Inflation is back up to a 40-year high after official data confirmed the cost of living crisis is only getting worse.
The rate at which everyday goods are getting more expensive is up to 10.1%, back into double-figures after a small dip in recent months.
Inflation is calculated by working out the cost of a hypothetical ‘basket of goods’, things most of us use in our everyday lives, and comparing it to how much the same things would have set you back 12 months ago.
While it’s a good general measure, inflation impacts us all differently depending on what types of things we spend our money on and some prices are rising faster than others.
Here are the main things driving inflation – and there’s a bit of good news too.
Food and non-alcoholic drinks have been getting more expensive for a long time and that trend is continuing, the Office for National Statistics (ONS) says.
In fact, prices on supermarket shelves were one of the single biggest drivers behind inflation over the last month, well above the rate in other parts of the economy.
Food has gotten more expensive for the past 14 consecutive months and jumped sharply from 13.1% to 14.6% up to September, which is believed to be the highest rate since 1980.
The biggest rises are being seen in staple goods like bread, cereals, meat, milk, cheese and eggs.
Another big driver behind inflation in the last month is the rising cost of booking a room in a hotel.
The price of overnight stays had fallen in August 2022 but rose by 3.6% up to September 2022.
This time last year, hotel costs in the UK were plummeting by September so this rise suggests higher costs may be here to stay.
There’s good and bad news in the data for transport depending on how you get around.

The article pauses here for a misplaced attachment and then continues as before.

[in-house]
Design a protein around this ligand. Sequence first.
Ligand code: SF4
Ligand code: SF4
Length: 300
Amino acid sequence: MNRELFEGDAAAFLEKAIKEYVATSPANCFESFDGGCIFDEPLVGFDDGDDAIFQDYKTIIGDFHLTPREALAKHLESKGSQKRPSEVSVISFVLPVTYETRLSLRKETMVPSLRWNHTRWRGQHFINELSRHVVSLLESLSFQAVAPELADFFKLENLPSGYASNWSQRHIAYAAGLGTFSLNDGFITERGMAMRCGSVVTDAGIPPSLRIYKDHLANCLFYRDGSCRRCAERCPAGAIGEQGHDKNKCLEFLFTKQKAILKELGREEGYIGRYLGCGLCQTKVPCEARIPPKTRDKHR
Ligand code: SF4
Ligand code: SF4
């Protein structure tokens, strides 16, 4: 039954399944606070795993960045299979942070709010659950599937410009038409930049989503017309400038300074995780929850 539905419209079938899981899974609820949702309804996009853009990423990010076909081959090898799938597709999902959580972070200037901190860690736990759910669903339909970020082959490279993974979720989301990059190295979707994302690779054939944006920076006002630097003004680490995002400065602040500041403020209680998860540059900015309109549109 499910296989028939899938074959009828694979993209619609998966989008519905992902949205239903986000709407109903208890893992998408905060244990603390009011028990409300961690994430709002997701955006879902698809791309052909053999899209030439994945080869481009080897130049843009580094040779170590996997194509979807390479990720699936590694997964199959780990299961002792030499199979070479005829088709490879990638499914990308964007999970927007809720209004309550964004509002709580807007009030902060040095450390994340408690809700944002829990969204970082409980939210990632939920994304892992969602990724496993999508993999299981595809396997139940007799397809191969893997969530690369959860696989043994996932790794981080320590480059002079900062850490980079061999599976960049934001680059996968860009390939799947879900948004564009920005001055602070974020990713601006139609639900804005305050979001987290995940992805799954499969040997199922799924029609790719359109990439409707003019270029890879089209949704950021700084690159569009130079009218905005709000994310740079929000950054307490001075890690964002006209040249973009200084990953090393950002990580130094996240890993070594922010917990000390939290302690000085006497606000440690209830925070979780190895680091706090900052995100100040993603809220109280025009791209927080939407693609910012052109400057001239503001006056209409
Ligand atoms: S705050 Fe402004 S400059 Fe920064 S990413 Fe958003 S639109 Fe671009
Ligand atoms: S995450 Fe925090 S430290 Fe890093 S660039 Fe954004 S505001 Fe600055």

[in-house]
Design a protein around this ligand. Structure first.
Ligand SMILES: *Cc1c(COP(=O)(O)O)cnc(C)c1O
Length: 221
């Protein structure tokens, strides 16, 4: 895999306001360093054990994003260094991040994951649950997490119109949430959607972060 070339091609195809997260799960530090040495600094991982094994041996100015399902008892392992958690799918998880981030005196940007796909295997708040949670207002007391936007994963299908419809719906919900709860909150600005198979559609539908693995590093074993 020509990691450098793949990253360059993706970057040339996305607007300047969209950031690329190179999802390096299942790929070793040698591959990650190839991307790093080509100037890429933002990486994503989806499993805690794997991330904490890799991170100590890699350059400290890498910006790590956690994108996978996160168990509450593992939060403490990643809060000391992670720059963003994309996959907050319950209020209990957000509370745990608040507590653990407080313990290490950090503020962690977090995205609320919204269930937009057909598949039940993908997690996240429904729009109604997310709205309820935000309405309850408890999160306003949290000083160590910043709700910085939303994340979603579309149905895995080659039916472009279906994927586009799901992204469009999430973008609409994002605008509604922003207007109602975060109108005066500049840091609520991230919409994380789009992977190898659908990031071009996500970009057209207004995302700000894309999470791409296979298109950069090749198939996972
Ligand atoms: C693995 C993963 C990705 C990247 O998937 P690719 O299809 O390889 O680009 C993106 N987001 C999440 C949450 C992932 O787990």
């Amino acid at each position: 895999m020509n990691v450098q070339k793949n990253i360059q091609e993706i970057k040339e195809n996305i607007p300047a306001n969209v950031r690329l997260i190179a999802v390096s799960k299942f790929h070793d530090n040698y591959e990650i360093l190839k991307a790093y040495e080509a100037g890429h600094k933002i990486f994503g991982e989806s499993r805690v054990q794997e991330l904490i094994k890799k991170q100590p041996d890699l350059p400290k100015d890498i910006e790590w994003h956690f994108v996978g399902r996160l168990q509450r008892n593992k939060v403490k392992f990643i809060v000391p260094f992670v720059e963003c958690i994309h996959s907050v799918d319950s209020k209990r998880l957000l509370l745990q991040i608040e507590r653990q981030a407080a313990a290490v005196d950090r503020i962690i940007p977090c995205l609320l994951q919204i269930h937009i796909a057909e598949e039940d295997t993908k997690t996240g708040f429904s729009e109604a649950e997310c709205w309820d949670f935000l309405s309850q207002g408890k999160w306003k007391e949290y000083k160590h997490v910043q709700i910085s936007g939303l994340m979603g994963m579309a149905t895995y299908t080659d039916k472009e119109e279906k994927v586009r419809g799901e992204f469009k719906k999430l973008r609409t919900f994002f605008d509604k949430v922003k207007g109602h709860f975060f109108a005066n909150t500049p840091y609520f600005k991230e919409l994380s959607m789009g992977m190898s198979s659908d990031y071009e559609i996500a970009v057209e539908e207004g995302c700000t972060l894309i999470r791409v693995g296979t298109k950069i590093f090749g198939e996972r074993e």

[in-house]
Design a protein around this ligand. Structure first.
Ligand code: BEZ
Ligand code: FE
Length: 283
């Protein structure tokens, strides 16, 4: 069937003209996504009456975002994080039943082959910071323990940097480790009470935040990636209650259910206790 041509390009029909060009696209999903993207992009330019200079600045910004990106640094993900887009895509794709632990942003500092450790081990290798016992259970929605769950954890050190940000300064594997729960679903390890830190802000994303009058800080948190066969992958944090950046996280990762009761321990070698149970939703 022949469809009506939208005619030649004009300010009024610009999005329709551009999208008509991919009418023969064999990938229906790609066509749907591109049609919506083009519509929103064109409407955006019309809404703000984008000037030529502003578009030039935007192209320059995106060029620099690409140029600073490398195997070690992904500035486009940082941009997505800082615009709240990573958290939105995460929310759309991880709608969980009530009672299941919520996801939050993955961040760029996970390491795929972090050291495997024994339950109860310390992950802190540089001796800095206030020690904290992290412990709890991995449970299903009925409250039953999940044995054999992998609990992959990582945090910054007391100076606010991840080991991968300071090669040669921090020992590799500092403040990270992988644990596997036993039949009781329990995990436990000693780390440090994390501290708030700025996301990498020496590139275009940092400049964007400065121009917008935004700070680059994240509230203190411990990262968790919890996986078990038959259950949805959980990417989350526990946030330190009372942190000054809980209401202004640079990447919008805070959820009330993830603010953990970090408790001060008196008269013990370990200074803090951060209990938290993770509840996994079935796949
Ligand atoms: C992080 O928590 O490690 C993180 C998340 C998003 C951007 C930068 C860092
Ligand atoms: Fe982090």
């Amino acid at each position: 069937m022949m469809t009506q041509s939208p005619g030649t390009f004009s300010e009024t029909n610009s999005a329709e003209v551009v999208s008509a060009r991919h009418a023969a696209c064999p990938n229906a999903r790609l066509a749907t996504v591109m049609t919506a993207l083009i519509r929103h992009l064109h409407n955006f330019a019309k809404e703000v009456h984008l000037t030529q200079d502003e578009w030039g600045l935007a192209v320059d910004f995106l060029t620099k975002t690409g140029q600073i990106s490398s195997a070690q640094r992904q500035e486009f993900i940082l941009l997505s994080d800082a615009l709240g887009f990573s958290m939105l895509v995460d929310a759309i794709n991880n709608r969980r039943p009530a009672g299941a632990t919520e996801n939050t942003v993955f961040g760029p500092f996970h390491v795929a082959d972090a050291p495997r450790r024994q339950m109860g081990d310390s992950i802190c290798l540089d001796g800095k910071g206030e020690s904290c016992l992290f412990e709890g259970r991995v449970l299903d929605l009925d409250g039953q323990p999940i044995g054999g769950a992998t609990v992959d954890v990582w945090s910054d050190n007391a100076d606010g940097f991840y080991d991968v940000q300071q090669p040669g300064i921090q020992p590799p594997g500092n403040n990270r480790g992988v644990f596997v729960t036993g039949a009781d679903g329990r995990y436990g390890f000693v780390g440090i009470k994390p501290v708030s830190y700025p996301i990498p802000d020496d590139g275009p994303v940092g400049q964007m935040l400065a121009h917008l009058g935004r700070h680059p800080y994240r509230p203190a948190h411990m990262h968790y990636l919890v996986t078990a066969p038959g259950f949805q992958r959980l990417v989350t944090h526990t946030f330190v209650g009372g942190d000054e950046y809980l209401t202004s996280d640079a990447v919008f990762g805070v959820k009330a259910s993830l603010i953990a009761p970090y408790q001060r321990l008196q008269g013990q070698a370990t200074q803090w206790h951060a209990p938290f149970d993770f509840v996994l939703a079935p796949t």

After hitting record highs, the rising cost of filling up a car has slowed slightly, but is still far more expensive than it was a year ago.
Petrol and diesel prices stood at 166.5p and 181.6p per litre on average in September 2022, compared with 134.9p and 137.4p a year earlier.
So while it hasn’t suddenly become affordable at the pump, prices fell by 8.7p per litre on the month and diesel prices fell by 5p.
There was some more good – if expected – news on the cost of flying, with air fares dropping by 25% against the exorbitant fees being charged over the busy summer period.
That said, prices were still 35.7% higher than a year earlier, with the largest increases coming from domestic and European flights.
Elsewhere, the post-pandemic rush for second-hand cars has eased slightly, with the rate of inflation in prices almost halving in a month, the sixth in a row in which it has fallen.
Housing and the costs associated with the upkeep of a home have also risen, up by an eye-watering 20.2% compared to last year.
Private rents were one of the main drivers, including other general services like cleaning and DIY.
Energy prices were unchanged between August and September but the cost of getting kerosene delivered for people who aren’t on the gas grid soared by 13.6%.
The cost of furniture and household goods is also up by 1.5%.
What else is getting more expensive?
Other areas which have seen smaller rises include clothing and footwear, which are 8.5% more expensive than they were last year.
Alcohol and tobacco has also continued to get pricier, along with health products.
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